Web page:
Looking back at 2022
Champagne for Michael Donohoe and BBA Ireland was, presumably, not alcohol free. With the ring at Tattersalls packed full for its second sceptre session, Jeffrey Smith was bidding farewell to Alcohol Free, until then in training with Andrew Balding. She heads down under, with some surprise, to race on. Winner of this year's July Cup, Alcohol Free was back in Newmarket to go under the hammer for 5.4m gns. It left Coolmore's John Magnier a rare underbidder, though he secured Desert Berry (dam of Derby-winning Desert Crown) for 1.9m gns a short while later.
The purchase of Alcohol Free formed part of a sale that saw eleven millionaire lots, generating a total turnover of just over 54m gns, and smashing the 49.5m aggregate achieved during the Book 1 Tattersalls October Yearling Sales a month earlier. Taking on the record from that sale, 29th November 2022 became the highest-grossing sales day in European history.
Looking ahead to 2023
With the January Horses of All Ages Sale winding up in the United States, the 2023 bloodstock calendar has already got underway. Moreover, the year has already seen its first major headline, when it emerged that 2007 Epsom Derby-winning owner Saleh Al Homaizi had failed to pay for sixteen horses, purchased for £20.5m at the end of last year. Signed by bloodstock agent Richard Knight, during sales at Tattersalls in the UK, Goffs in Ireland, Arqana in France, and Keeneland in the United States, Knight has never publicly revealed his client's name.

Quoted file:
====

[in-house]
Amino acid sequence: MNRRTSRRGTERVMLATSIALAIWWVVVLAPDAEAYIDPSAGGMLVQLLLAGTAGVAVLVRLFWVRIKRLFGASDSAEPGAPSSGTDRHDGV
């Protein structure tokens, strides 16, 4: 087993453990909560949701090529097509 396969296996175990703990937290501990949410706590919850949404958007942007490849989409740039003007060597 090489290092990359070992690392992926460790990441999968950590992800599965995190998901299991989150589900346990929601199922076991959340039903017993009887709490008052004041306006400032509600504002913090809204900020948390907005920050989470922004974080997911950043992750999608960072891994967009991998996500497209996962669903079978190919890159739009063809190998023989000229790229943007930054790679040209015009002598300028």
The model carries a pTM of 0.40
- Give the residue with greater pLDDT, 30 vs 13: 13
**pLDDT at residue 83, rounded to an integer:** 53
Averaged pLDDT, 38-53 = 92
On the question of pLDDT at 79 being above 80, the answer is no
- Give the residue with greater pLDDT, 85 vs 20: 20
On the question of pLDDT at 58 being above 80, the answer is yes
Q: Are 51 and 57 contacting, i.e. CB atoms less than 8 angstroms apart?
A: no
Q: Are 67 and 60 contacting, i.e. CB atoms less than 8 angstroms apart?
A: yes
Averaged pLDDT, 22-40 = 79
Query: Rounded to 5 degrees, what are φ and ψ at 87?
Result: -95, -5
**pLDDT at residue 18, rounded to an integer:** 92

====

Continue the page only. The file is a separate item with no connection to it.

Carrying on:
Still, mutterings of a mystery buyer seeped through the industry last autumn, and Al Homaizi was exposed by name in a Racing Post article last week. Tattersalls, which gives buyers thirty days to pay, and extends credit in some circumstances, was quick to describe the incident as "regrettable", saying the horses in question would be sold privately this spring. Should they make the breeze-ups, the potential value they bring would be almost unprecedented in such sales, as stock of that value is seldom on offer.